About 60 percent of the San Francisco Municipal Transportation Agency’s buses, trains and trolleys on 68 routes arrived on schedule during the last six months of 2011 – despite Muni’s claim that its vehicles were on schedule roughly 72 percent of the time – according to a Bay Citizen analysis of the transit agency's on-time performance data.
The map below displays the rates of on-time, late and early vehicles for those routes during that time period.
Click on the map below to look at each route and tell us what you think: Does your bus take too long or just the right amount of time? Do you think the agency's proposed changes will affect your daily commute?
Click on the “See Rates by Route” button to see a table of all the routes sorted by on-time rates. Click the “Show Chart” button to see how many routes fall inside a range of on-time rates.
Earlier this month, The Bay Citizen reported that Muni defined on-time vehicles as those arriving at a stop no more than one minute early or 4 minutes, 59 seconds late. By using that elongated definition of a minute, the transit agency had inflated its on-time performance rates for months.
The Bay Citizen obtained the data from the San Francisco Municipal Transportation Agency through a public records request.
Muni claimed its vehicles were on schedule roughly 72 percent of the time during the last half of 2011.
The Bay Citizen defines "on time" based on the definition in the City Charter: A Muni vehicle is on time if arrives at a stop no more than one minute early or four minutes late.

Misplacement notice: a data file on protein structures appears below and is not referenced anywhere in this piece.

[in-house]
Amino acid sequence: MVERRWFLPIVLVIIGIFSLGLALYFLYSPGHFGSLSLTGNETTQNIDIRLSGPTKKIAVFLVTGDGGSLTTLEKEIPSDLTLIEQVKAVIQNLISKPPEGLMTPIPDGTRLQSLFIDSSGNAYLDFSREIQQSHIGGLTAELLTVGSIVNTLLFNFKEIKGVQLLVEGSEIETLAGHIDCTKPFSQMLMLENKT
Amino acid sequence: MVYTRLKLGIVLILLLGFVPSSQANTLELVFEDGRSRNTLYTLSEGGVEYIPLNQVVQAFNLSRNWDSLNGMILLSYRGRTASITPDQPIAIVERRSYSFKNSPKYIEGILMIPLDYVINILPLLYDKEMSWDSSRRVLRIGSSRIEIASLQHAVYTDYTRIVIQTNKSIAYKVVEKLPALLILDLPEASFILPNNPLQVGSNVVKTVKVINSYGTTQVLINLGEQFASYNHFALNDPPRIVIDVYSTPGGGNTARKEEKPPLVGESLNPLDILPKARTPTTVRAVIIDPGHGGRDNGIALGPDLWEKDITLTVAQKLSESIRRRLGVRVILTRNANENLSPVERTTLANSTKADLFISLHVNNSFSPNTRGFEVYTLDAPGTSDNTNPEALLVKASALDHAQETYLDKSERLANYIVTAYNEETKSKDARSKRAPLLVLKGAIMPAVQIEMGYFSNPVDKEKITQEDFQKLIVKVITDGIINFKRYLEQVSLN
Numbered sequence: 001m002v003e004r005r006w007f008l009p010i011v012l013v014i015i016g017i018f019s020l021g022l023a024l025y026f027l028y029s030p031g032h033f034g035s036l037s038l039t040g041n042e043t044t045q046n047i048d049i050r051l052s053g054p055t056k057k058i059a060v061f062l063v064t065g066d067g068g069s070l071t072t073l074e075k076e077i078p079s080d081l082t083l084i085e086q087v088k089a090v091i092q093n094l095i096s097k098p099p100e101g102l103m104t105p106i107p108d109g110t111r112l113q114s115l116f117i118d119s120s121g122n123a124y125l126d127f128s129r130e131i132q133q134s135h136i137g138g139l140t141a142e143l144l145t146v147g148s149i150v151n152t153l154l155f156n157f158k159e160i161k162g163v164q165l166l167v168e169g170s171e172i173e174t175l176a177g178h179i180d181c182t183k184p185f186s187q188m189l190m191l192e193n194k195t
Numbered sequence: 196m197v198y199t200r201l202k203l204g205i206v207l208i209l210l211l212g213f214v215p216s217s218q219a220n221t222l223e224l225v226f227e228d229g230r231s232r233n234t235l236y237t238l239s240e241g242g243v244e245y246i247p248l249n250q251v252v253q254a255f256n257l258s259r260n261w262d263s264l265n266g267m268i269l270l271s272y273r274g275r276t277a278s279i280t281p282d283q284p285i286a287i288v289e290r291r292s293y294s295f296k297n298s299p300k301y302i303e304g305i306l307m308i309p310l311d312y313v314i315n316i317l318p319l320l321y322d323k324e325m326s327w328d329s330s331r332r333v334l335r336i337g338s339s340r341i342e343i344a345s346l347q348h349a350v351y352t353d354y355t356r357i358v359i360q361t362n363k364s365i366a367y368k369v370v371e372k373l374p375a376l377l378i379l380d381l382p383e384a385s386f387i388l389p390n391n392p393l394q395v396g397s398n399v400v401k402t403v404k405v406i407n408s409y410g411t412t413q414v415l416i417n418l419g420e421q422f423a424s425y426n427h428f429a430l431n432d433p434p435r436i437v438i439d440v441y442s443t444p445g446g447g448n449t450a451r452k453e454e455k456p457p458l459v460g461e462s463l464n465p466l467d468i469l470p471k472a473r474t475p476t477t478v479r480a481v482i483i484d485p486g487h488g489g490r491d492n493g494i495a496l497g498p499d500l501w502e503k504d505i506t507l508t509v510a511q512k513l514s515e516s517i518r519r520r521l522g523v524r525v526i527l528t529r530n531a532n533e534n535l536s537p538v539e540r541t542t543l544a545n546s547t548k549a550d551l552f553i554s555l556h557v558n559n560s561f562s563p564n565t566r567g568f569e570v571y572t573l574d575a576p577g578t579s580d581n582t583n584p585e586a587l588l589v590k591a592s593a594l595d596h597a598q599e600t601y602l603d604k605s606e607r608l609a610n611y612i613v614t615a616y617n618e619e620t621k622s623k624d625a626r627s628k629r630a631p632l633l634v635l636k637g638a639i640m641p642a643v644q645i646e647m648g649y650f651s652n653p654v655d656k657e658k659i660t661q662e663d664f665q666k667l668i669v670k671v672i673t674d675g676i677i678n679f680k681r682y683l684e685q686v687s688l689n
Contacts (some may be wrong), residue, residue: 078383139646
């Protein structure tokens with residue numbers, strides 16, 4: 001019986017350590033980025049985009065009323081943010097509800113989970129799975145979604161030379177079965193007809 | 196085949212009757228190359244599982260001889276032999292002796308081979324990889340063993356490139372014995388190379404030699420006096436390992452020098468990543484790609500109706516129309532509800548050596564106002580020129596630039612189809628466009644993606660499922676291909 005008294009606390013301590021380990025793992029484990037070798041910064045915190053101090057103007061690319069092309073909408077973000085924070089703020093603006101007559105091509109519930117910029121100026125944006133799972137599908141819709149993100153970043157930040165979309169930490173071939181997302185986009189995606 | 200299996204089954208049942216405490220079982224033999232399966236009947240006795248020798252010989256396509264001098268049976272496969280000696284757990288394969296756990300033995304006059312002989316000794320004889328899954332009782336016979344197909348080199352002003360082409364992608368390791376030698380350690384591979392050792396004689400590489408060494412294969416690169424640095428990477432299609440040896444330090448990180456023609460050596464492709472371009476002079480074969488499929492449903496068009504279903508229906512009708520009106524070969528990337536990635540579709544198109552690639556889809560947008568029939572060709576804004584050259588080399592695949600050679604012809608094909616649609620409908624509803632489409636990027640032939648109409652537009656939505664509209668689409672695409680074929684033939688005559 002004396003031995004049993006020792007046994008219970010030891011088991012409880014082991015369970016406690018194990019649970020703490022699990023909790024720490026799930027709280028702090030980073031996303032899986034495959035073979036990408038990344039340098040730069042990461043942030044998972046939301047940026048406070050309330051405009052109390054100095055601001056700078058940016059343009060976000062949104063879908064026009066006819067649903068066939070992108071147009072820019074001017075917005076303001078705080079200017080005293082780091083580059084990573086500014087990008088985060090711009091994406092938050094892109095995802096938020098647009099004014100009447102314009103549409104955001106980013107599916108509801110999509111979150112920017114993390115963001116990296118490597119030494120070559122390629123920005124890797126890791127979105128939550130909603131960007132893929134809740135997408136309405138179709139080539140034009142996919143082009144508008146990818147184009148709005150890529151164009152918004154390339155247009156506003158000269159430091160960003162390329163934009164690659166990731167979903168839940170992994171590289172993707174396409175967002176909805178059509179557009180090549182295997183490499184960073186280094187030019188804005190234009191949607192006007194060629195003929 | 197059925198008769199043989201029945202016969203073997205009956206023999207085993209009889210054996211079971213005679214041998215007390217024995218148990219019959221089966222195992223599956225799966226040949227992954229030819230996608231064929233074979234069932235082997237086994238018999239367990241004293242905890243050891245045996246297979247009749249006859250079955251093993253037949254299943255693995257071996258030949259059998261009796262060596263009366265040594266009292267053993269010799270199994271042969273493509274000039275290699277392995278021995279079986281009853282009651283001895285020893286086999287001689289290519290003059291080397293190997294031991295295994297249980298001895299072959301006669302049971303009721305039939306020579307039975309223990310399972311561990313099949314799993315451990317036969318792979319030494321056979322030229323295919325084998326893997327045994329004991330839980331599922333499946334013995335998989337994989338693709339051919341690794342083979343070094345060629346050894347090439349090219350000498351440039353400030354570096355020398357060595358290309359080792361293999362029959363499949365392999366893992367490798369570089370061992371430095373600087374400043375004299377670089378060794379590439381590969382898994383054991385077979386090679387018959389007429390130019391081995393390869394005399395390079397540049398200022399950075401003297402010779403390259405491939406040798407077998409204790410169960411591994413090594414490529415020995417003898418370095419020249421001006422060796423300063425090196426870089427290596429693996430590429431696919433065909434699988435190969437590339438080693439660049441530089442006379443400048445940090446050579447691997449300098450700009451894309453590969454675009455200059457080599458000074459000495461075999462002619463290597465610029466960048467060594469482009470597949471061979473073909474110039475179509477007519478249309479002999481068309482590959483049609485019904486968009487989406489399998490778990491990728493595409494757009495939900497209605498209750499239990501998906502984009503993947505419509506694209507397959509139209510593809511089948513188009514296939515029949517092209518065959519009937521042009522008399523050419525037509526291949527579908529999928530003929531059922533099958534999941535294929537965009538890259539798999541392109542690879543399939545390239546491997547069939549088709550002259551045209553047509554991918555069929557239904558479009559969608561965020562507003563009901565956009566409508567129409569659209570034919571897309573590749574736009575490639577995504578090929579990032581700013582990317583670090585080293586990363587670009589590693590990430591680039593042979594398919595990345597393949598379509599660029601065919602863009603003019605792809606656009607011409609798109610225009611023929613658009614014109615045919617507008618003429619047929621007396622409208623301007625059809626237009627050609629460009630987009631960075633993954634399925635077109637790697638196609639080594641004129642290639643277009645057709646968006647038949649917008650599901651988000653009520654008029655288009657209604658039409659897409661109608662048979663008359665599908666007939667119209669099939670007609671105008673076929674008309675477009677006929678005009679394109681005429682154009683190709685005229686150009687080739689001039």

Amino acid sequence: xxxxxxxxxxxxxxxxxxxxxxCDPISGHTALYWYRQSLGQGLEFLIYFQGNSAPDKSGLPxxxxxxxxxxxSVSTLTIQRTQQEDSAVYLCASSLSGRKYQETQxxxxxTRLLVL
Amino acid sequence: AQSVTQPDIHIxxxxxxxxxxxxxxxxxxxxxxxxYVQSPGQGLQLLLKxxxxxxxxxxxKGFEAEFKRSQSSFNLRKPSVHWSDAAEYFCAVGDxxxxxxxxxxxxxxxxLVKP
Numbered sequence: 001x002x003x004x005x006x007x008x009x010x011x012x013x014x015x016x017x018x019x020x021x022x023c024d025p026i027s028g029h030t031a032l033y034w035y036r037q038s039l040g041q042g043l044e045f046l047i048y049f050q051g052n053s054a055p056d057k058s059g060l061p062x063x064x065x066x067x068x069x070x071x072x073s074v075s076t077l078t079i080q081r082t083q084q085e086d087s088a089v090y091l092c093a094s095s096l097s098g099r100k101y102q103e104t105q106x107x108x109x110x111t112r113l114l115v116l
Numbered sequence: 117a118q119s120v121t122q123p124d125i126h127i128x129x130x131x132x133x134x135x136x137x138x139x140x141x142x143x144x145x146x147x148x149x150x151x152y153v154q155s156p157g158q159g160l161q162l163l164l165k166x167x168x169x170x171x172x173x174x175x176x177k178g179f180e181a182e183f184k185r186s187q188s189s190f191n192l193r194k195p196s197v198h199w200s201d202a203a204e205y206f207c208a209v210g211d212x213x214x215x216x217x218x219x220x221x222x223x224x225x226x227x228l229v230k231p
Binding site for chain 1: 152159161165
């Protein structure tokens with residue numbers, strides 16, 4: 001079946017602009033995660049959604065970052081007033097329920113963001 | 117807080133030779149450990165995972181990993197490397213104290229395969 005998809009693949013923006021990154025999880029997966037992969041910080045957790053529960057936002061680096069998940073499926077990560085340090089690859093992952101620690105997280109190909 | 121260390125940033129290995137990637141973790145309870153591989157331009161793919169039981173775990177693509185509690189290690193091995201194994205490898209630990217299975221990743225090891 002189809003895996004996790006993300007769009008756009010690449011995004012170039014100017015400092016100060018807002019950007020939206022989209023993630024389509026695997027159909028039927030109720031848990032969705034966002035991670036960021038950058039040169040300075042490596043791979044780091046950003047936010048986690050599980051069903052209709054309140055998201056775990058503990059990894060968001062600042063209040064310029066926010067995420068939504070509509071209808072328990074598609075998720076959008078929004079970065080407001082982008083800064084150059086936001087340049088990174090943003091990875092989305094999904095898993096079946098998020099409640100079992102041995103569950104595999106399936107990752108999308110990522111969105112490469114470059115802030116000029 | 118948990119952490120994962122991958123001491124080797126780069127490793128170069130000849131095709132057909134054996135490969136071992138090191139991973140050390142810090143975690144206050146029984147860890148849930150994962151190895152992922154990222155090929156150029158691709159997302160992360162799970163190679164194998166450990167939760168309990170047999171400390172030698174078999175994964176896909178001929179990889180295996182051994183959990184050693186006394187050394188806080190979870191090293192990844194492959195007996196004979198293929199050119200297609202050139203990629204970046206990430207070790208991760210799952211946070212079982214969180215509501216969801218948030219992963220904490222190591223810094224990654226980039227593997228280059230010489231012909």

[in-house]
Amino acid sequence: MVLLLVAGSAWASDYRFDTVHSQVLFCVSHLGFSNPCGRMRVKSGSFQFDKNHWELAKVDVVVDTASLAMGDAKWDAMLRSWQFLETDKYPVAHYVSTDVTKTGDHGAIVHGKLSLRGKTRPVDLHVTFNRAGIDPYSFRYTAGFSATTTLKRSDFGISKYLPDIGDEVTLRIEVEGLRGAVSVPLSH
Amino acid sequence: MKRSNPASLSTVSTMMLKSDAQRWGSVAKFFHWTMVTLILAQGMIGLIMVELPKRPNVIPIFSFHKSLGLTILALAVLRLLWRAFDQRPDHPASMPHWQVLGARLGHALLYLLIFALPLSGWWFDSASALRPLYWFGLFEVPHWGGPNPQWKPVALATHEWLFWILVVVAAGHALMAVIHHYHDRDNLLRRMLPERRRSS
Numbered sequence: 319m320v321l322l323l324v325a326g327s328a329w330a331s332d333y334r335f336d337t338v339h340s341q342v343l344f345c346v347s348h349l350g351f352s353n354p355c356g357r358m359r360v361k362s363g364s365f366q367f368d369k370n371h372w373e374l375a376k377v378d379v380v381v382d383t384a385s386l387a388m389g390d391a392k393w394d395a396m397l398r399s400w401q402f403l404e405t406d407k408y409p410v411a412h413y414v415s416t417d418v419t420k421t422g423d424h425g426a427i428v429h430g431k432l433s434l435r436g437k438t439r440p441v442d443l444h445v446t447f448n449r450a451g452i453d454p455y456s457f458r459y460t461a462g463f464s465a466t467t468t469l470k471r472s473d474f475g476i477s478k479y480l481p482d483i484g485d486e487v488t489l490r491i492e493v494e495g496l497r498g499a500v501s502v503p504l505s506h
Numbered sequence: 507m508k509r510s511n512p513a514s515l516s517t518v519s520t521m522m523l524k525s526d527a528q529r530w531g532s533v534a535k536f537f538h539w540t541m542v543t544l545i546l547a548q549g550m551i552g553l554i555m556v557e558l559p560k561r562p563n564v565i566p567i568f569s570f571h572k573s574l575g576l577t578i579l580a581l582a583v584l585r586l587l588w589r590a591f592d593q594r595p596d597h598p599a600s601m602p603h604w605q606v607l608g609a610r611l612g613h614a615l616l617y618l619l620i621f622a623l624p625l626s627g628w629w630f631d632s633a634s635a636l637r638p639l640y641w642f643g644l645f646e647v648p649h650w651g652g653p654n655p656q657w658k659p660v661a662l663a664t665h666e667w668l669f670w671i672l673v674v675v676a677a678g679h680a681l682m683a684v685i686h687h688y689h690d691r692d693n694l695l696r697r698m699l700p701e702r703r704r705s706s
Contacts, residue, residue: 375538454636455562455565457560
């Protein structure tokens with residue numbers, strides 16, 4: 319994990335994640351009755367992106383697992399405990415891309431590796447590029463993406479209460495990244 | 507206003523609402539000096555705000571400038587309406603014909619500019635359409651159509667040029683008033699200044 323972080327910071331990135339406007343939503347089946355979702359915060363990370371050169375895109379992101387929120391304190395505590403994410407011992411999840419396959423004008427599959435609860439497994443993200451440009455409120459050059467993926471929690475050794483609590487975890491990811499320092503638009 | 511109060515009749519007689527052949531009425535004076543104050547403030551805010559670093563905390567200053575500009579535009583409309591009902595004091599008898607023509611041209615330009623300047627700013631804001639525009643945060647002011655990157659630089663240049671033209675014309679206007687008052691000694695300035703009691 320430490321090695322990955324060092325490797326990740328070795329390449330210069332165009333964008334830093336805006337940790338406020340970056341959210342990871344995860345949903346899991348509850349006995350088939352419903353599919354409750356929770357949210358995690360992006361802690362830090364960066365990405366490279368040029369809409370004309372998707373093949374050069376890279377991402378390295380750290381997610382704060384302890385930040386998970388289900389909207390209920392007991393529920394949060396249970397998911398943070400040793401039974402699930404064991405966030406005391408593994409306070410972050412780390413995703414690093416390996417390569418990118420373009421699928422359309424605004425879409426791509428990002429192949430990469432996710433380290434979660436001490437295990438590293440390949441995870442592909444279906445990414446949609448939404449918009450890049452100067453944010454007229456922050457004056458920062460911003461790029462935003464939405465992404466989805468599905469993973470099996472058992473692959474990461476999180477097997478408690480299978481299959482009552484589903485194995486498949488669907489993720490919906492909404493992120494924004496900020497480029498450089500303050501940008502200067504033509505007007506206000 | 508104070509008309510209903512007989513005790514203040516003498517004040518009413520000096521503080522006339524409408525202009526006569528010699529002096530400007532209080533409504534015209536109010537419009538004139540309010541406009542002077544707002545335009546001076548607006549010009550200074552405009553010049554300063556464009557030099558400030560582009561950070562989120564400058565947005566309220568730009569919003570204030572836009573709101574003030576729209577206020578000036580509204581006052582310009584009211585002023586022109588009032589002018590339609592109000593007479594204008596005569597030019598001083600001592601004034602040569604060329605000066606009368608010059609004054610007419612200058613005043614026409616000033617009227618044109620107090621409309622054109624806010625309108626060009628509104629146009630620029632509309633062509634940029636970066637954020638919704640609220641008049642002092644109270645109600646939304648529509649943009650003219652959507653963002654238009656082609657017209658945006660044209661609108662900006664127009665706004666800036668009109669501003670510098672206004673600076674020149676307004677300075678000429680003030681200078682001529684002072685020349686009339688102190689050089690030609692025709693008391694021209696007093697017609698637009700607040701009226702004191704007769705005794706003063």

According to San Francisco's City Charter, 85 percent of Muni vehicles should run on schedule. But the transit agency has never reached that target, which was established in 1999.
Muni has said on-time performance can vary greatly from route to route. On some heavily used routes – like the N-Judah, which carries more than 45,000 passengers a day – nearly half of the vehicles arrive either early or late, according to The Bay Citizen's analysis.
In August, Muni will begin measuring some routes according to "headway" – the amount of time between two vehicles arriving at the same stop – but many routes still will be measured by their on-time rates. By maintaining headway, the agency can keep buses from following each other too closely, and riders can be sure a bus will arrive at their stops every seven minutes, for example.
The agency is also considering community feedback as part of its Transit Effectiveness Project, which aims to reduce delays by eliminating stops, replacing stop signs and adding bus-only lanes, among other changes.
The project’s estimated time improvements are shown in the table below. Read more about specific improvements at the SFMTA website.
|Route||Daily Ridership||Estimated Time Reduction|
|28-19th Avenue||9,689||10 minutes|